We were sitting in the school lunchroom and a friend and I were having an argument. It wasn’t a serious argument because I don’t do serious arguments. It was more of a friendly debate about something arcane and he made a really superb point and I, stumped, just said, “Oh, fork you.” And we all laughed and went on with our conversation.
And then gradually I became aware of a voice behind me.
“Son, I don’t want to hear any more of that kind of language from you.”
It was Mr. Blankley, my algebra teacher, or, as I preferred to think of him, Human Valium. Mr. Blankley was in a perpetual state of slow motion: he moved slowly, he talked slowly. Algebra was my first class of the day and it was more than I could take as soon as he started talking.
“Studentsss, today we will have a quizzzzz on chapterssss ssssixxxxx and ssssseven.”
The one saving grace is he would use up twenty minutes of class time saying that that but I still couldn’t keep my eyes open, much less focus on getting any work done.
Mr. Blankley was also so clueless he had no idea I was one of his students, although I’d be transferred out shortly afterward because half the kids in his class were below average, half the kids were failing, and half couldn’t even grasp simple fractions, but that’s another story.
“I said ‘fork’” I said, holding one up for him.
He sighed for five minutes then said, “Ssson, I said I don’t want to hear any more of that language.”
Fortunately at that moment the end of lunch bell rang and my friends and I quietly gathered up our things and left, a series of actions which, from Mr. Blankley’s perspective, must have looked like hummingbirds around a feeder.
I’m sharing this story now because tomorrow is Thanksgiving in the United States—the Canadians do it six weeks earlier—and for many it’s a stressful time. For many it means getting together with family and that can lead to arguments ranging from the pointlessly political to the annoyingly personal. If things get too stressful for you just remember that Thanksgiving is a feast and if you feel like things are getting overheated in the kitchen or out, if somebody says something or insists on doing that one thing that gets under your skin…fork ‘em.
Words to live by!
Thank you–I hope they’ll help you make it through the holiday.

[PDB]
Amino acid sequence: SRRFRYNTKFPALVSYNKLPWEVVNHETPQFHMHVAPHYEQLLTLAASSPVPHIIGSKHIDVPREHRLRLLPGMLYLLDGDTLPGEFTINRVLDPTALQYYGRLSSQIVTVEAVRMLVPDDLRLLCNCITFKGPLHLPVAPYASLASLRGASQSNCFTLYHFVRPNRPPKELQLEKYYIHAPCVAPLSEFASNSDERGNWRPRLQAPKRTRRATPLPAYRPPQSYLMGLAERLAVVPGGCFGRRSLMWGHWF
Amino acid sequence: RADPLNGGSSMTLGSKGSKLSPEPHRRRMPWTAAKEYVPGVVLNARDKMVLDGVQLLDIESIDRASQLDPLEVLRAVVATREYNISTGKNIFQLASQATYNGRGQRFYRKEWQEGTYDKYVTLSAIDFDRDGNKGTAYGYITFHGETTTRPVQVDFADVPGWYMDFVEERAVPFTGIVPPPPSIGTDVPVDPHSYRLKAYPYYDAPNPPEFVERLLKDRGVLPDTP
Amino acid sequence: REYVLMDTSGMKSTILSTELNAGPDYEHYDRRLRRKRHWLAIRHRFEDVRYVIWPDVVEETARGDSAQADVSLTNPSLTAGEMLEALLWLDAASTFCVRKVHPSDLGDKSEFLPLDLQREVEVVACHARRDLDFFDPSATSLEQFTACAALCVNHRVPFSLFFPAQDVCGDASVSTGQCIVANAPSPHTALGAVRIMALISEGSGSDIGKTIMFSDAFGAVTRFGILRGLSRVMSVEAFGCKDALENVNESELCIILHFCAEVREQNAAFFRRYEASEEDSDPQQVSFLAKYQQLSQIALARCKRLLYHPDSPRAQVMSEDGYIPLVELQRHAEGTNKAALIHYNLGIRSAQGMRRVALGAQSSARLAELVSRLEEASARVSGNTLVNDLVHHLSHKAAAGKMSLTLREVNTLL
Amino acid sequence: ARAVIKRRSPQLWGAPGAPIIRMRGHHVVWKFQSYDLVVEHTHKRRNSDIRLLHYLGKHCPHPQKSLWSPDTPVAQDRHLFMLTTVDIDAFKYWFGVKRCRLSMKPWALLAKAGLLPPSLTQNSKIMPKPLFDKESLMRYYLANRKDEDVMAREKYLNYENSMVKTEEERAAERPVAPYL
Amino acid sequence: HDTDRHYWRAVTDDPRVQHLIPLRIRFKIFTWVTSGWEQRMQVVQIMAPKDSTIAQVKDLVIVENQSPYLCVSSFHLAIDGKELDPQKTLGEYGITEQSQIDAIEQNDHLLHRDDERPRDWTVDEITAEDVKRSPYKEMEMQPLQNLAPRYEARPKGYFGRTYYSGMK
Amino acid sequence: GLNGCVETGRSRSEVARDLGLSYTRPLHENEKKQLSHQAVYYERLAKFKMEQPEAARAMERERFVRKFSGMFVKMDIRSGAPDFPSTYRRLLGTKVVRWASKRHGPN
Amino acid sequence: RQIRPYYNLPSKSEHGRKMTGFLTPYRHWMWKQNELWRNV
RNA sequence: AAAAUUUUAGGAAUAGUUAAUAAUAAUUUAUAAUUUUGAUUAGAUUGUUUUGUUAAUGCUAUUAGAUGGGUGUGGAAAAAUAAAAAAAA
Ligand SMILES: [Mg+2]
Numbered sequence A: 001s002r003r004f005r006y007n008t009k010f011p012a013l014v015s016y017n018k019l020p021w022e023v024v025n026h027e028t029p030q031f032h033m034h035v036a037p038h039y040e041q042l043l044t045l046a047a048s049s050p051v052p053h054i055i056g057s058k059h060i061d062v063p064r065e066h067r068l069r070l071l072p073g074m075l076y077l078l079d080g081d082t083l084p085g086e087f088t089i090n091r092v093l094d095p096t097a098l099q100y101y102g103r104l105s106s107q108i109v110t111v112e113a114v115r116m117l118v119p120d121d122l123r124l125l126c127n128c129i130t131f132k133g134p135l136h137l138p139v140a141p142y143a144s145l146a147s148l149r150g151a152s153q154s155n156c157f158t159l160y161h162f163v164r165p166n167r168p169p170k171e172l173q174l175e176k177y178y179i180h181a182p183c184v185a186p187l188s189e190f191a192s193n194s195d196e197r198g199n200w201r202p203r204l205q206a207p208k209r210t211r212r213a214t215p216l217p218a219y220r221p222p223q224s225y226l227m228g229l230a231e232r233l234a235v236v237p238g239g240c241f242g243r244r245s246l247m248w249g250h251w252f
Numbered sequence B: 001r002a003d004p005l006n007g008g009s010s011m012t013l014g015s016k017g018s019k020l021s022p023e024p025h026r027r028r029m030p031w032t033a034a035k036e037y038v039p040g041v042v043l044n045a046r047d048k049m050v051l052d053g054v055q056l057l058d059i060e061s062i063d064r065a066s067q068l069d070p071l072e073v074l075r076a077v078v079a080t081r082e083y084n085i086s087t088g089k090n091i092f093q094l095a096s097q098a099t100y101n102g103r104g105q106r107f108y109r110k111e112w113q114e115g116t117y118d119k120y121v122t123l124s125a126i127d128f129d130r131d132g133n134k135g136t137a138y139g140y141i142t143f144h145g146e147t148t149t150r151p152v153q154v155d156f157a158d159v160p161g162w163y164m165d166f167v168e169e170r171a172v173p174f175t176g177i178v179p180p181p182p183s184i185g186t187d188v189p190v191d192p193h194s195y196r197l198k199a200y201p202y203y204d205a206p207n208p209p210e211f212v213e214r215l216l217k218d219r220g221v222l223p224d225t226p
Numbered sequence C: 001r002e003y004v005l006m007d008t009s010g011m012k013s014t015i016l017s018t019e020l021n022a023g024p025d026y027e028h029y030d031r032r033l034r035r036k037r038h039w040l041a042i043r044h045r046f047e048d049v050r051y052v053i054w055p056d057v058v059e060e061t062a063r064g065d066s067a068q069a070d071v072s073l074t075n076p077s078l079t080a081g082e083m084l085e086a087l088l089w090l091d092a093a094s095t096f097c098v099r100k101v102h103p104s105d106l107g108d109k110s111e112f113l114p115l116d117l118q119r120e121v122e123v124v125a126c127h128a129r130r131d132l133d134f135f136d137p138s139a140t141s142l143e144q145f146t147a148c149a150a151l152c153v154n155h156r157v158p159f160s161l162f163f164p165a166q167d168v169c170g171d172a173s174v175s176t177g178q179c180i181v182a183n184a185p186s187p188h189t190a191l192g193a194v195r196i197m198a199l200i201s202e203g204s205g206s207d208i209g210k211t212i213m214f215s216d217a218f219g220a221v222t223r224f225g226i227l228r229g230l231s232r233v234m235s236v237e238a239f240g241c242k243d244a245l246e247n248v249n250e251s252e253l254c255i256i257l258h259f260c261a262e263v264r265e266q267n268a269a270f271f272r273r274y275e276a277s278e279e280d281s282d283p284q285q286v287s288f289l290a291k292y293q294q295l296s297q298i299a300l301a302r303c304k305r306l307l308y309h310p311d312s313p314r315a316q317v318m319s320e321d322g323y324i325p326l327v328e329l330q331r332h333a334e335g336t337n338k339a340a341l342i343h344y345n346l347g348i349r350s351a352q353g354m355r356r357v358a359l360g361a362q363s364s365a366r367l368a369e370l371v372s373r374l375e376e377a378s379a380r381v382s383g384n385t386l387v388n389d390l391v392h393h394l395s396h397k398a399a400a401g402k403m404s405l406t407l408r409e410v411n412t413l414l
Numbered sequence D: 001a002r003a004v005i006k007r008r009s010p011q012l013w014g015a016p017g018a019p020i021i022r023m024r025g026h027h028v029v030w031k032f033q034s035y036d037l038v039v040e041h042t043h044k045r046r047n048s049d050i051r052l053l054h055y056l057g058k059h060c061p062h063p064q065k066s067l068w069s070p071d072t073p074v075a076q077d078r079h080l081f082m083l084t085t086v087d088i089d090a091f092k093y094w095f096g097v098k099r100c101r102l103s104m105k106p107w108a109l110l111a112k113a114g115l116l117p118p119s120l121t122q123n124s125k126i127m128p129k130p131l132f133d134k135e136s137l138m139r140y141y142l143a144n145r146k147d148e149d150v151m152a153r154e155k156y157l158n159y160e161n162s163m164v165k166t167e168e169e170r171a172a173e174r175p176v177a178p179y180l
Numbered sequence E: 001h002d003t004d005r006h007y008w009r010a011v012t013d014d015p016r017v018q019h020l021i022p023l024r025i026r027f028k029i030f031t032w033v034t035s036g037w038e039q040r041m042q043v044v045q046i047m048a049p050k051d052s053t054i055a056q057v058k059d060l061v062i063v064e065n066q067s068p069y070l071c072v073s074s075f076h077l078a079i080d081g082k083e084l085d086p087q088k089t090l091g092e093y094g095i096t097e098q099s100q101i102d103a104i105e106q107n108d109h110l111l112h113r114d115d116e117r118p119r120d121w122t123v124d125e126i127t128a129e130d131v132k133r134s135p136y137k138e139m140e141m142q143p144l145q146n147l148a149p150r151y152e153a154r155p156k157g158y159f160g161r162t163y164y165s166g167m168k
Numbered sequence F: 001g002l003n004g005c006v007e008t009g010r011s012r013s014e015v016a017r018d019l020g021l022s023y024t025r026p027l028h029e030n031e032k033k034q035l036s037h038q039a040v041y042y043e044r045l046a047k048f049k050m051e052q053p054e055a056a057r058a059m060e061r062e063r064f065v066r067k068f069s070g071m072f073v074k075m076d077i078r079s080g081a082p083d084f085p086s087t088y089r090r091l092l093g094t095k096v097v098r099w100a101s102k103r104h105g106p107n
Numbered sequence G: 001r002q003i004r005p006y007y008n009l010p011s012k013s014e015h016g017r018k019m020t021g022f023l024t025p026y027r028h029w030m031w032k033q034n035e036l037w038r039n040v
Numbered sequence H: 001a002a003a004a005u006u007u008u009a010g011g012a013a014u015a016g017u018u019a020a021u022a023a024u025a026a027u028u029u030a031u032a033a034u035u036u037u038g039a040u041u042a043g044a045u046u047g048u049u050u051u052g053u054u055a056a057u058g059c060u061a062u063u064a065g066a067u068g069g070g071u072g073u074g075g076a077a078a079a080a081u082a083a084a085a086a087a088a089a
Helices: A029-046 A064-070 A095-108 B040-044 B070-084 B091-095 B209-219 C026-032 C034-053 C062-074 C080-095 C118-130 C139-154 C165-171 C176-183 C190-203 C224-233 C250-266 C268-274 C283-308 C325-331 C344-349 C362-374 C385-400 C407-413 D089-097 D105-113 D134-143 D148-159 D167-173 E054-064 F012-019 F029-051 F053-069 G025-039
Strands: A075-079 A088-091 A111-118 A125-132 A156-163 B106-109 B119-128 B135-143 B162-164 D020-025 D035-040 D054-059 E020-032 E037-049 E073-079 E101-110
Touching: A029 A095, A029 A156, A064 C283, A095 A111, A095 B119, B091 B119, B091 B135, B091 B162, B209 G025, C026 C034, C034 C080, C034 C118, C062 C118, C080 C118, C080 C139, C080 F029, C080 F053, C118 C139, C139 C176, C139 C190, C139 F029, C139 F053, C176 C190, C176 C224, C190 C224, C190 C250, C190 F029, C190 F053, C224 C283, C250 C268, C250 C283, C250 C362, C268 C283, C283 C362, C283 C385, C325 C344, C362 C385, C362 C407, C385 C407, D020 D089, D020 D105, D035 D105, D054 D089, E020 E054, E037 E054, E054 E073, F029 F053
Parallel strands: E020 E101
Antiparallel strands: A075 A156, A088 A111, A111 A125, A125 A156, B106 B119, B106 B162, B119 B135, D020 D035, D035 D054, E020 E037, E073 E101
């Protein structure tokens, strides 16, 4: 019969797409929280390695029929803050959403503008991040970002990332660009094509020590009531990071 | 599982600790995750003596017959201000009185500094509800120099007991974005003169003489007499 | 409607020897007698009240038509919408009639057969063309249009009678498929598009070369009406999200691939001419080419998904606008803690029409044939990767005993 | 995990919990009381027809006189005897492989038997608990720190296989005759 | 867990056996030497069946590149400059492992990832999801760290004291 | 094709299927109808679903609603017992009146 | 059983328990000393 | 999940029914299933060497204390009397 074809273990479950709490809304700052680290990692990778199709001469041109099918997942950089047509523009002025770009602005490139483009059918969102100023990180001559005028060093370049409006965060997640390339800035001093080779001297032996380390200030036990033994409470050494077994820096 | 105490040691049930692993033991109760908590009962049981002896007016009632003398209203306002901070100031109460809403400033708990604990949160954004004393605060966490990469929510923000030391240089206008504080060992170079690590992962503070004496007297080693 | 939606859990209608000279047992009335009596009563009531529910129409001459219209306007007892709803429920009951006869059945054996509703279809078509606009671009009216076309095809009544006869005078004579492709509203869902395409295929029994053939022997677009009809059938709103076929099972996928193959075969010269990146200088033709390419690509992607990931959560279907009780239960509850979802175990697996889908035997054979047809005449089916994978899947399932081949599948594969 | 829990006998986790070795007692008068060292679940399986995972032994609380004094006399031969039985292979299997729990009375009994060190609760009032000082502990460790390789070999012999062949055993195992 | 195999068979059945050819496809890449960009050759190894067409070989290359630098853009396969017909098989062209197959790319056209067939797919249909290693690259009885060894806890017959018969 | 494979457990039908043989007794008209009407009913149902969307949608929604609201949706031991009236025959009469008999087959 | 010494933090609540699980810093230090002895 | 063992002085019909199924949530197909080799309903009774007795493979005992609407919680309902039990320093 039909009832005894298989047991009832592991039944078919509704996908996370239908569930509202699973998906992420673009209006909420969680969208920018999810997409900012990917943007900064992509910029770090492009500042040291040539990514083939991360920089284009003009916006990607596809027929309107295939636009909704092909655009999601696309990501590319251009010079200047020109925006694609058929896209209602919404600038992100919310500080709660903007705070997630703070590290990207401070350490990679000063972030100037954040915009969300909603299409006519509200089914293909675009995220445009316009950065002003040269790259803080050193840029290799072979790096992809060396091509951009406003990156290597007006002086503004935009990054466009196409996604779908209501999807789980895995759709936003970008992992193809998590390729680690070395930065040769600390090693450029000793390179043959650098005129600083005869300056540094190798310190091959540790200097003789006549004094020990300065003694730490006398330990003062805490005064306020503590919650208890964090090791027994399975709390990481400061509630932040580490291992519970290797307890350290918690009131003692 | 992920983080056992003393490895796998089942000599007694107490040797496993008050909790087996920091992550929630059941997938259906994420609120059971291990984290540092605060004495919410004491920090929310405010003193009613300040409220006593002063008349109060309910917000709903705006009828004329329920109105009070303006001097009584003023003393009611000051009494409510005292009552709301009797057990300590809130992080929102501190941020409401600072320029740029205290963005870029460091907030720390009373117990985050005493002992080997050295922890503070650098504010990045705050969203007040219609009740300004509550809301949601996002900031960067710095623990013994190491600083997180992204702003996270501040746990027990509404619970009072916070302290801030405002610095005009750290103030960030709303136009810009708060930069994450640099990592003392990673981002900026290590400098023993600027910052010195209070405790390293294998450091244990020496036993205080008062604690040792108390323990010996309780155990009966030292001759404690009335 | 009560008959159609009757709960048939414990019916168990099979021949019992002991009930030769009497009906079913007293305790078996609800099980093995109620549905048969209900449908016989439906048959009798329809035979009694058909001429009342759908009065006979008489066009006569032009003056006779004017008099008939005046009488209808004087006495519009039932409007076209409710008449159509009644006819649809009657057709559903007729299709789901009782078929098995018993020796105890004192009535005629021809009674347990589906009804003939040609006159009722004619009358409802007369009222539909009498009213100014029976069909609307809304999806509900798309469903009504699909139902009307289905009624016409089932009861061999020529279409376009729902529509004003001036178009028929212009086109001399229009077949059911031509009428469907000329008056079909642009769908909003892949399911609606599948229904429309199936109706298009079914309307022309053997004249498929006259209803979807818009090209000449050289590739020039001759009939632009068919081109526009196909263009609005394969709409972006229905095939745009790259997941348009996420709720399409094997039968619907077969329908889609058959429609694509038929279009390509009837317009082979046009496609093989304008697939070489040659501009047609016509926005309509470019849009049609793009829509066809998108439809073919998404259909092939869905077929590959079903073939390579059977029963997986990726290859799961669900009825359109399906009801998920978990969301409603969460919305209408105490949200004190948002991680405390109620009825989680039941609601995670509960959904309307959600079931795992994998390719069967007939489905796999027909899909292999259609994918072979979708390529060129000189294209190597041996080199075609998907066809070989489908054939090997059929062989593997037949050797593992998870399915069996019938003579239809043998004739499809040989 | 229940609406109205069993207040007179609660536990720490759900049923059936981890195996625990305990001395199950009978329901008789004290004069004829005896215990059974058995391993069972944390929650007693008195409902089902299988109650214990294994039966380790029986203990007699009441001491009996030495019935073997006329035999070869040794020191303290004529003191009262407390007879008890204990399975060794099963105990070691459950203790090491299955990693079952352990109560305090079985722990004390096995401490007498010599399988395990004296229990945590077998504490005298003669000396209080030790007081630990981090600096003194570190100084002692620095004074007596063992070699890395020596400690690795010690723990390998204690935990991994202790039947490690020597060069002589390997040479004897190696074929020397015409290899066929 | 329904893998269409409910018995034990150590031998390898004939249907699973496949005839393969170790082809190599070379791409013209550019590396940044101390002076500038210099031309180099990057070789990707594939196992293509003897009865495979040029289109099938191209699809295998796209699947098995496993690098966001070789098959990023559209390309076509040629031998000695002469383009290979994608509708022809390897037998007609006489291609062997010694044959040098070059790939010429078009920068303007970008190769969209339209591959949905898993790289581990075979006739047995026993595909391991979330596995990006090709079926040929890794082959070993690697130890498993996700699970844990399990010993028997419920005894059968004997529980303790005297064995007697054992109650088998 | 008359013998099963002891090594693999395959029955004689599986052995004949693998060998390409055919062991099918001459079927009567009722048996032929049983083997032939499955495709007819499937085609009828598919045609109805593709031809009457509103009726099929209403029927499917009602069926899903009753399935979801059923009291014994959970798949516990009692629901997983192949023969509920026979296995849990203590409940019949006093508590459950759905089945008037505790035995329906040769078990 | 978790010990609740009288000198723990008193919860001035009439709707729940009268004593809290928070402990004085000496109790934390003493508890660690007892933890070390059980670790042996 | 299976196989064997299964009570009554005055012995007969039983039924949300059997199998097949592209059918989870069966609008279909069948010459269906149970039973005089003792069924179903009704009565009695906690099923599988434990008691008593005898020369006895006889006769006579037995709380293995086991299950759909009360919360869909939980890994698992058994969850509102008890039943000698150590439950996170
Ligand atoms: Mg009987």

Am in awe of the US thanksgiving holiday and the way people approach it with a mix of hope and dread. Christmas is the closest we get to killing our relatives in the UK.
This is one of my favourite MP sketches.
I understand Boxing Day is also known as “Everybody Go Home Now Day” in the UK. So really we in the US subject ourselves to it twice a year, a month or so apart. Every year it makes more and more sense to me why the Canadians have their Thanksgiving in October, and in the UK you don’t do it at all.
Although interestingly I have read that some American expats describe it to people in their guest country as a “harvest festival”, and those seem to be pretty universal.
Chrissssss, I want to hear more of this kind of language from you. Happy Thanksgiving!
Annnn, I hope you had a very happy Thanksgiving and I can promisssse you’ll hear more of that language.
While we don’t have Thanksgiving here in Oz it can easily apply to Christmas… or every single bloody day lately when the kids pick fights with me – it’s the end of the school year and they are very tired, grumpy and altogether feral. Thank goodness for school holidays! Though by the end of January of course I’ll be praying for school to start again… 🙂
Happy Thanksgiving to you too!
Down there in Oz you also have your seasons reversed so Christmas comes in the middle of summer, which I always thought would be better. And it tickles me that too much school turns your children feral, but I guess it’s from being in packs of their own kind for so long that turns them that way. They need a break to be under your civilizing influence.